In principle, registered trademarks should be used in the exact form in which they were registered. However, occasionally a rights holders may alter its registered mark (eg, where there is a change in branding or shifting market needs). Unfortunately, this is not risk-free. If a registered trademark is altered in such a way that its distinctive features change, the rights holder could lose its right to the mark or be unable to enforce it.
Under Article 49.1 of the Trademark Law, an administration for industry and commerce may order a rights holder to rectify the alteration of its trademark. If this is not done within a specified period, the China Trademark Office (CTMO) may cancel the registered trademark ex officio. However, this has yet to happen and it would be easy to defend such an action by claiming that the varied trademark is a different unregistered trademark.
Conversely, a rights holders may find itself on the other side of the infringement if a third party registers a trademark, but uses a substantially modified version that infringes the rights holder's registered trademark. In such cases, rights holders may want to enforce Article 49.1 fully, although this is difficult.
Under Article 49.2 of the Trademark Law, a trademark can be cancelled if it has not been used for three consecutive years. In a 2010 opinion, the Supreme People's Court specified that if a registered trademark is altered in such a way that its distinctive features have changed substantially, use of the modified trademark will not be deemed to be use of the registered trademark. Therefore, if a rights holder uses only the substantially changed version, the registered trademark can be cancelled for non-use. However, the law does not specify to what extent a trademark must be altered for this to apply. In practice, changes to the font or case of English characters or the type of Chinese characters (simplified or traditional), or to the order of the components (eg, word and device components), will not usually be deemed to be substantial.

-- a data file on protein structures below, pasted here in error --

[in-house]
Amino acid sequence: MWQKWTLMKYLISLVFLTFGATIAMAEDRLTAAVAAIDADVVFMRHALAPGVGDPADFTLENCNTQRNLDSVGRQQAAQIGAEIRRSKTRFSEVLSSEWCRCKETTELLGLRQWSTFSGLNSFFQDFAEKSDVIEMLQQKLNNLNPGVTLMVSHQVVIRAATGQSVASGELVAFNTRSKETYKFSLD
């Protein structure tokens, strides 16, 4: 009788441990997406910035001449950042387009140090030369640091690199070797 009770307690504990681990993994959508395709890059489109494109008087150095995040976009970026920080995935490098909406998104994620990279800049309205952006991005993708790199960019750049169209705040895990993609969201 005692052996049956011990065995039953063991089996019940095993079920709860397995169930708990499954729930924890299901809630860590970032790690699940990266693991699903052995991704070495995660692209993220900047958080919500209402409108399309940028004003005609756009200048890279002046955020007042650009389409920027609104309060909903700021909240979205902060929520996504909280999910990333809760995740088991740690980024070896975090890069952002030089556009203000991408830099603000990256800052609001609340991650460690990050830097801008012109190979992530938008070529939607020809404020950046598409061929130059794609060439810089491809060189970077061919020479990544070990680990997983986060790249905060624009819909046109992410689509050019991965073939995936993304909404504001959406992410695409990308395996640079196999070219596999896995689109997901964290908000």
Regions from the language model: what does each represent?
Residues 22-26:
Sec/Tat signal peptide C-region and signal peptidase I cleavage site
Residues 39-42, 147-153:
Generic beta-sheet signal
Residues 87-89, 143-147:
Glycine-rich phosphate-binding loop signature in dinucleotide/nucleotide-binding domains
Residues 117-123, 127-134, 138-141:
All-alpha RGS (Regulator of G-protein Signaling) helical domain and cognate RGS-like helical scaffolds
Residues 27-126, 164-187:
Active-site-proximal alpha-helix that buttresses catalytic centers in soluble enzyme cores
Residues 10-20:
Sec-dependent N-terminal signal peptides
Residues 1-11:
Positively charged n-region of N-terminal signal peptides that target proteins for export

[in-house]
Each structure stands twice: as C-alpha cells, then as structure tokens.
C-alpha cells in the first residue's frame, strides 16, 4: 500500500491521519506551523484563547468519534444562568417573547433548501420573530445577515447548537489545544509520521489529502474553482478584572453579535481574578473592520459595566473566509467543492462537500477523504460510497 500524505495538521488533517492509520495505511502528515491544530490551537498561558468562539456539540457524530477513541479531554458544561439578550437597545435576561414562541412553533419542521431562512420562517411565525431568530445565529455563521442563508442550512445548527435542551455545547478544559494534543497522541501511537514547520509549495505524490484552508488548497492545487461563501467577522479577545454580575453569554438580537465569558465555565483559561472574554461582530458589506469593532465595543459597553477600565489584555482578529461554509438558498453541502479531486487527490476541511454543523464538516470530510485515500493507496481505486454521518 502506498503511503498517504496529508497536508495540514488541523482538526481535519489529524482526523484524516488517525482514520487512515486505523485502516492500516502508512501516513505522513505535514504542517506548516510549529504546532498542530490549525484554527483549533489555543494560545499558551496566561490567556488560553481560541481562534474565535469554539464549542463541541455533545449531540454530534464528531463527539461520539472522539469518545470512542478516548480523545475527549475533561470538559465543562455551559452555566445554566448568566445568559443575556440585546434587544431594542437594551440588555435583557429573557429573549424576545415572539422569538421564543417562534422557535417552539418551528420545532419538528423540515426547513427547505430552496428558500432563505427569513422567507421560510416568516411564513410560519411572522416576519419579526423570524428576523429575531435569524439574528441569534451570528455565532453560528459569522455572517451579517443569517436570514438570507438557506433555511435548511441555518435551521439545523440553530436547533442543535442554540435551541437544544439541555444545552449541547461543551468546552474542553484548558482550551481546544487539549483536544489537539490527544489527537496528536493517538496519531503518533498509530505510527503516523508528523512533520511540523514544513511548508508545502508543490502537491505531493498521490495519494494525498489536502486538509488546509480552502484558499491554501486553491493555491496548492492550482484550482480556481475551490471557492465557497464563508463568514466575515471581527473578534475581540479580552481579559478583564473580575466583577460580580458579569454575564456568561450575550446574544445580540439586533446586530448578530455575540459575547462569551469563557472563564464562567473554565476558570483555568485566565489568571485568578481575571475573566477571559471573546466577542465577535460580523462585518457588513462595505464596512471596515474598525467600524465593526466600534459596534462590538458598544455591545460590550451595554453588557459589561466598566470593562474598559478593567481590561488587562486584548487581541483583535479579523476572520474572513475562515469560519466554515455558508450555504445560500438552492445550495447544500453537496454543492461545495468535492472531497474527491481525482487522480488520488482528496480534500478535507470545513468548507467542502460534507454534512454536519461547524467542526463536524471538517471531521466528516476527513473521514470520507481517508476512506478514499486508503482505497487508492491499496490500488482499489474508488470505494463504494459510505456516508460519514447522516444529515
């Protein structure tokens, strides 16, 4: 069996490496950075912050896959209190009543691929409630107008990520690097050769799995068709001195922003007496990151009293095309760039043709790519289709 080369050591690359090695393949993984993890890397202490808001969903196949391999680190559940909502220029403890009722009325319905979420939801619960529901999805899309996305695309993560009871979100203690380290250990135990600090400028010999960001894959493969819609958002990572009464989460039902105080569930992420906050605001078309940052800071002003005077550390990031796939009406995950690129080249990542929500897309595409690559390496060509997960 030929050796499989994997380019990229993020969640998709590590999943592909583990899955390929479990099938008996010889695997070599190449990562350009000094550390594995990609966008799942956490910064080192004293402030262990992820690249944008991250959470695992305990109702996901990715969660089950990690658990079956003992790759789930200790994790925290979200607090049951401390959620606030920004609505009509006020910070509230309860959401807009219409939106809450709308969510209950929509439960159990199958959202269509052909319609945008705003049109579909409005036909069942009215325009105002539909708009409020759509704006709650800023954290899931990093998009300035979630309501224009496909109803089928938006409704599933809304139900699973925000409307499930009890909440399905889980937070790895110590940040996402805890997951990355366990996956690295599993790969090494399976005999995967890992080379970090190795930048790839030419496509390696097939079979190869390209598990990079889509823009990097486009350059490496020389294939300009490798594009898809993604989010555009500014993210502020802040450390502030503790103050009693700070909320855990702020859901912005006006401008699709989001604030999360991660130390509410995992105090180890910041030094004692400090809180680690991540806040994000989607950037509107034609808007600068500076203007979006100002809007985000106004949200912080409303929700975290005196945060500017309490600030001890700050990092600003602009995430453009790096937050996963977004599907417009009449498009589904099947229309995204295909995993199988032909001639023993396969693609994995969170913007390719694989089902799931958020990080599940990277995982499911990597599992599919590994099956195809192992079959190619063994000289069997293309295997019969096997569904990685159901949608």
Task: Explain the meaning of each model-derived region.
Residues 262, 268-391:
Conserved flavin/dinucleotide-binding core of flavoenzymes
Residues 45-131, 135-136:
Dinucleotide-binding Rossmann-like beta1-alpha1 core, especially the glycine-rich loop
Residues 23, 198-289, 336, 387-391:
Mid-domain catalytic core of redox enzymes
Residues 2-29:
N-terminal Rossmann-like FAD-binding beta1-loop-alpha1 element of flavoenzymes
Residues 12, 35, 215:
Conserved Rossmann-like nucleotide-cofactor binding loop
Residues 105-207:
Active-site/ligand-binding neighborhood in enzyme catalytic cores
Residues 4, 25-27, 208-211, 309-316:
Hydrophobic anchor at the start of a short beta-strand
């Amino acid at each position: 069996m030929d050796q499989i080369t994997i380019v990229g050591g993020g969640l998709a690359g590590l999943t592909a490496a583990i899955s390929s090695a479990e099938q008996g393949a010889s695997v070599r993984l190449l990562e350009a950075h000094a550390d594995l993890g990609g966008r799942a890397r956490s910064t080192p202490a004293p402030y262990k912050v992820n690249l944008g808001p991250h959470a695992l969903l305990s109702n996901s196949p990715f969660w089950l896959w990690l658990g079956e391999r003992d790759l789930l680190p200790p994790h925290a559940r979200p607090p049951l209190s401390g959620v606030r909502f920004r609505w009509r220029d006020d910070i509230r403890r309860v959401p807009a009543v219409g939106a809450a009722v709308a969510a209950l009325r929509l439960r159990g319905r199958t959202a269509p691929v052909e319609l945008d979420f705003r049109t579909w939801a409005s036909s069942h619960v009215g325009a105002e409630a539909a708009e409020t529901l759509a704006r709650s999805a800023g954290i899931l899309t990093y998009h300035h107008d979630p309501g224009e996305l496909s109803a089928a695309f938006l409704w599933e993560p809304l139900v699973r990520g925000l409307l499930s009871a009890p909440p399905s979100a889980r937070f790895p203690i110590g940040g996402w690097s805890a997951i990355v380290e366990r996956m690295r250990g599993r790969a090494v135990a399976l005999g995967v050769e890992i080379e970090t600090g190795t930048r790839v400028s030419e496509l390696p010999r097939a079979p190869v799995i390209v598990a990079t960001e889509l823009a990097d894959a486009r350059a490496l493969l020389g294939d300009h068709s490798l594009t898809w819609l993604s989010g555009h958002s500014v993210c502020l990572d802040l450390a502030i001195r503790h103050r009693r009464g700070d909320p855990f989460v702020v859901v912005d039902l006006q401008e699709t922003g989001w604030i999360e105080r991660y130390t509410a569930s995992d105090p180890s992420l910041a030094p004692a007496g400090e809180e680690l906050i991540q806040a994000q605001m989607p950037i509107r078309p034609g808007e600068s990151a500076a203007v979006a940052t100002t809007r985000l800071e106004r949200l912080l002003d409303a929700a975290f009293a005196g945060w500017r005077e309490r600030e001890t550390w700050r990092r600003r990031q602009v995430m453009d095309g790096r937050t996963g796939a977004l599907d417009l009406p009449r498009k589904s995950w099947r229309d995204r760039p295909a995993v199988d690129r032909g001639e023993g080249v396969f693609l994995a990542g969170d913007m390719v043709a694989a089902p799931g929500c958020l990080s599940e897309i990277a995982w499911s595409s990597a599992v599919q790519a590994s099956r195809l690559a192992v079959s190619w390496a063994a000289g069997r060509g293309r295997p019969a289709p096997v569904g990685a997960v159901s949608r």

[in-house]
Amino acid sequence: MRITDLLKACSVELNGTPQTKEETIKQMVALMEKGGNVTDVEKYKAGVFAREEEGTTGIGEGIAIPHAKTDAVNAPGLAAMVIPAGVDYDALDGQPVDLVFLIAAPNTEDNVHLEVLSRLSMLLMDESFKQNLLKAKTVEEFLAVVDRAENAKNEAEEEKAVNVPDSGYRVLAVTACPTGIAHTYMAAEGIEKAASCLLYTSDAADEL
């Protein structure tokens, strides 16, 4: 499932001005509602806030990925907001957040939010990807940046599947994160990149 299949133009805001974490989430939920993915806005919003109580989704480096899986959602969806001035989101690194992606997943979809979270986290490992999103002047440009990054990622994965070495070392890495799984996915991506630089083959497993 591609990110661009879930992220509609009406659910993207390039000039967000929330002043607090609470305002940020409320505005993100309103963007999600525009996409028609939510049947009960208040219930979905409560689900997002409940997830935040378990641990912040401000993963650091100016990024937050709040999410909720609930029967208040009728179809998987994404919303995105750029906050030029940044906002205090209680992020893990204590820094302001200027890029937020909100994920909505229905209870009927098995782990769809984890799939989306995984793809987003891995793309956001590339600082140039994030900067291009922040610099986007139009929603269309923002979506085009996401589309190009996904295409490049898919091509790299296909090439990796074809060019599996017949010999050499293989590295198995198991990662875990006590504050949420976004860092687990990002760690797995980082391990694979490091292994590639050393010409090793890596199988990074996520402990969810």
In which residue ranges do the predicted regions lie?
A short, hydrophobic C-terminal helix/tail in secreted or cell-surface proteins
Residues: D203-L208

However, it may be problematic if a trademark or any of its components are significantly altered. For example, a party registered the ???TINIT trademark, but used the ???LISHIX trademark. The Beijing High Court held that the use of the ???LISHIX trademark did not constitute use of the registered trademark, as the distinctive component TINIT had been changed to LISHIX. The court thus upheld the cancellation on the basis of non-use.
Article 64.1 of the newly amended Trademark Law provides that a rights holder must prove that its trademark has been used when claiming damages. The civil courts generally treat trademark variations in the same way as the China Trademark Office, although sometimes they are stricter. Thus, if only a variant is used, a court may uphold the infringement, but refuse to grant damages on the basis that the registered trademark has not been used.
Under Article 1.2 of a 2008 Supreme People's Court interpretation, the Chinese courts do not accept infringement lawsuits filed by the owner of one registered trademark against the owner of another registered trademark. However, the interpretation provides for an exception: when a registered trademark has been altered in such a way that its distinctive features are substantially different, it is possible to file a suit against the mark.
For example, Lacoste sued the rights holder of another registered trademark (Figure 1), as it had been modified (Figure 2) to look similar to Lacoste's alligator trademark (Figure 3).
Similarly, BMW sued MBWL, as its registered trademark (Figure 4) had been modified (Figure 5) to look like BMW's trademark (Figure 6).
Rights holders must monitor how their registered trademarks are used. If for some reason they use a trademark that differs from the original, rights holders are advised to file a new trademark and ensure that they make sufficient use of the original.
For further information on this topic please contact He Wei at WAN HUI DA - PEKSUNG IP Group by telephone (+86 10 6892 1000) or email (email@example.com). The WAN HUI DA - PEKSUNG IP Group website can be accessed at www.wanhuida.com and www.peksung.com.
This article was first published by the International Law Office, a premium online legal update service for major companies and law firms worldwide. Register for a free subscription.